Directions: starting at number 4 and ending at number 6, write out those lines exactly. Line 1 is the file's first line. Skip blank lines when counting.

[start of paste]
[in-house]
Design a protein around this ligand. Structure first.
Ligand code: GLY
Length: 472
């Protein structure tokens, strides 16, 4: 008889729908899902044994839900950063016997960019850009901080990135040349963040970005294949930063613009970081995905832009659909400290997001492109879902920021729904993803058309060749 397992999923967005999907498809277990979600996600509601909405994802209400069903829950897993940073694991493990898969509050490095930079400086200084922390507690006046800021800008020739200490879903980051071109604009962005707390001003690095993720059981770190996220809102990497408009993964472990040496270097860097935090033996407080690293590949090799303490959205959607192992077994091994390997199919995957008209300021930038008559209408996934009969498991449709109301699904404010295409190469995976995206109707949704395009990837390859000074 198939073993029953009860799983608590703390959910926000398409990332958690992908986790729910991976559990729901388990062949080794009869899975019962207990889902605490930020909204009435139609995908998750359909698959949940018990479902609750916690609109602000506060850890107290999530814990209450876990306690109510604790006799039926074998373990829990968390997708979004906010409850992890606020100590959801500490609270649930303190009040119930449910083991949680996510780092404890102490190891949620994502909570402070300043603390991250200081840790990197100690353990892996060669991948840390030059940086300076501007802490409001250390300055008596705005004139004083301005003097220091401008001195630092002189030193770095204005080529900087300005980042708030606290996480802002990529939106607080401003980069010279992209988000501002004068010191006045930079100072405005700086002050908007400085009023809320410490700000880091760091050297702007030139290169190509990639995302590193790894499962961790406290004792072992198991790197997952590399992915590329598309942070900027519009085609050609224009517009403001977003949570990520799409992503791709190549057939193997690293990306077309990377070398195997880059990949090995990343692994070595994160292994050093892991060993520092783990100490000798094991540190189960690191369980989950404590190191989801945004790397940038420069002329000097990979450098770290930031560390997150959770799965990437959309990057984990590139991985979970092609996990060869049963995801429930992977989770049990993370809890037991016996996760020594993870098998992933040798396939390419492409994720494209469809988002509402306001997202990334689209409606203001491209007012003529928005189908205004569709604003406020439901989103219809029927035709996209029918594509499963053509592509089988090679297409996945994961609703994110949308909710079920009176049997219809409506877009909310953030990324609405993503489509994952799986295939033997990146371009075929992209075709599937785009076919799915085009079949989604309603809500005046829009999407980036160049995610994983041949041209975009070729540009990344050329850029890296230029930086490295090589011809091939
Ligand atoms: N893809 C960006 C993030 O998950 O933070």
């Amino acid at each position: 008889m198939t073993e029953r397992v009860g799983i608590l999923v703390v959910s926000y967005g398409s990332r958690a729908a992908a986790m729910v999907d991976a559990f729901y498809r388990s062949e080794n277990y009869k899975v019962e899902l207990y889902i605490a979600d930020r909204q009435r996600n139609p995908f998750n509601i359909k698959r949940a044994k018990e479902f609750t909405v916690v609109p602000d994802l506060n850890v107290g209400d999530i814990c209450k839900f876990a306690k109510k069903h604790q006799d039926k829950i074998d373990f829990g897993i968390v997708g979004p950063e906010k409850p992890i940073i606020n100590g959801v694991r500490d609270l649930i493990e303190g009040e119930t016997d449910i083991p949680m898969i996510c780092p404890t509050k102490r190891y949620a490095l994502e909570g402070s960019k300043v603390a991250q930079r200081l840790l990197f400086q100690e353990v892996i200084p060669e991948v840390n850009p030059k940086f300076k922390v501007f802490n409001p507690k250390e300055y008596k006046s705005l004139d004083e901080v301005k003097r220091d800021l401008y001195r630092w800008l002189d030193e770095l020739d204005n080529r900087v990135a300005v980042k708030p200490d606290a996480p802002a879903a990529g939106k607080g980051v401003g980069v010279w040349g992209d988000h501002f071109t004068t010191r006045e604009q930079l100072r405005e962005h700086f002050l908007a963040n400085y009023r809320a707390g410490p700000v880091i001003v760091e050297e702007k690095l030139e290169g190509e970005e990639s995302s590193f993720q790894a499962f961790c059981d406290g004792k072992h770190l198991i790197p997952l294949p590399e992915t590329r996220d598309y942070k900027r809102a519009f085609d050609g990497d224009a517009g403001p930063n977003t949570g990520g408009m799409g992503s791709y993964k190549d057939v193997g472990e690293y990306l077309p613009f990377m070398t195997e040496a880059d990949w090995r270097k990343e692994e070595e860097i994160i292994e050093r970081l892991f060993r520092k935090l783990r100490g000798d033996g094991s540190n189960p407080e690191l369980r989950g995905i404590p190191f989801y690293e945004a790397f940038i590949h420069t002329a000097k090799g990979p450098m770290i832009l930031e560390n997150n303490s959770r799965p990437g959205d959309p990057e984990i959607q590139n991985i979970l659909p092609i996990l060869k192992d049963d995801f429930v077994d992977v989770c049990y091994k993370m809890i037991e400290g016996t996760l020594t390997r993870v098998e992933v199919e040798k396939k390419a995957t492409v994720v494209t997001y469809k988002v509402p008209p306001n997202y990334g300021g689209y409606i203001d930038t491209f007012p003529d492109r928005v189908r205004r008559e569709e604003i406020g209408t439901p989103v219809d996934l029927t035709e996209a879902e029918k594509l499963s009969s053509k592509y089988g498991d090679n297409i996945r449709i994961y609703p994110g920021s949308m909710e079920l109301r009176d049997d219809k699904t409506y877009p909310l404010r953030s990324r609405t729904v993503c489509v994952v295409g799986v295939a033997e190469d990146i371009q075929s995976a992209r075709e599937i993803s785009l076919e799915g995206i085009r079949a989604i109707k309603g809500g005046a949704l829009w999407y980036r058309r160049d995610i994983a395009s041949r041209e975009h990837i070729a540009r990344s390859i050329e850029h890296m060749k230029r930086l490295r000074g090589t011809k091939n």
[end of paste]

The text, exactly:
Length: 472
């Protein structure tokens, strides 16, 4: 008889729908899902044994839900950063016997960019850009901080990135040349963040970005294949930063613009970081995905832009659909400290997001492109879902920021729904993803058309060749 397992999923967005999907498809277990979600996600509601909405994802209400069903829950897993940073694991493990898969509050490095930079400086200084922390507690006046800021800008020739200490879903980051071109604009962005707390001003690095993720059981770190996220809102990497408009993964472990040496270097860097935090033996407080690293590949090799303490959205959607192992077994091994390997199919995957008209300021930038008559209408996934009969498991449709109301699904404010295409190469995976995206109707949704395009990837390859000074 198939073993029953009860799983608590703390959910926000398409990332958690992908986790729910991976559990729901388990062949080794009869899975019962207990889902605490930020909204009435139609995908998750359909698959949940018990479902609750916690609109602000506060850890107290999530814990209450876990306690109510604790006799039926074998373990829990968390997708979004906010409850992890606020100590959801500490609270649930303190009040119930449910083991949680996510780092404890102490190891949620994502909570402070300043603390991250200081840790990197100690353990892996060669991948840390030059940086300076501007802490409001250390300055008596705005004139004083301005003097220091401008001195630092002189030193770095204005080529900087300005980042708030606290996480802002990529939106607080401003980069010279992209988000501002004068010191006045930079100072405005700086002050908007400085009023809320410490700000880091760091050297702007030139290169190509990639995302590193790894499962961790406290004792072992198991790197997952590399992915590329598309942070900027519009085609050609224009517009403001977003949570990520799409992503791709190549057939193997690293990306077309990377070398195997880059990949090995990343692994070595994160292994050093892991060993520092783990100490000798094991540190189960690191369980989950404590190191989801945004790397940038420069002329000097990979450098770290930031560390997150959770799965990437959309990057984990590139991985979970092609996990060869049963995801429930992977989770049990993370809890037991016996996760020594993870098998992933040798396939390419492409994720494209469809988002509402306001997202990334689209409606203001491209007012003529928005189908205004569709604003406020439901989103219809029927035709996209029918594509499963053509592509089988090679297409996945994961609703994110949308909710079920009176049997219809409506877009909310953030990324609405993503489509994952799986295939033997990146371009075929992209075709599937785009076919799915085009079949989604309603809500005046829009999407980036160049995610994983041949041209975009070729540009990344050329850029890296230029930086490295090589011809091939
Ligand atoms: N893809 C960006 C993030 O998950 O933070």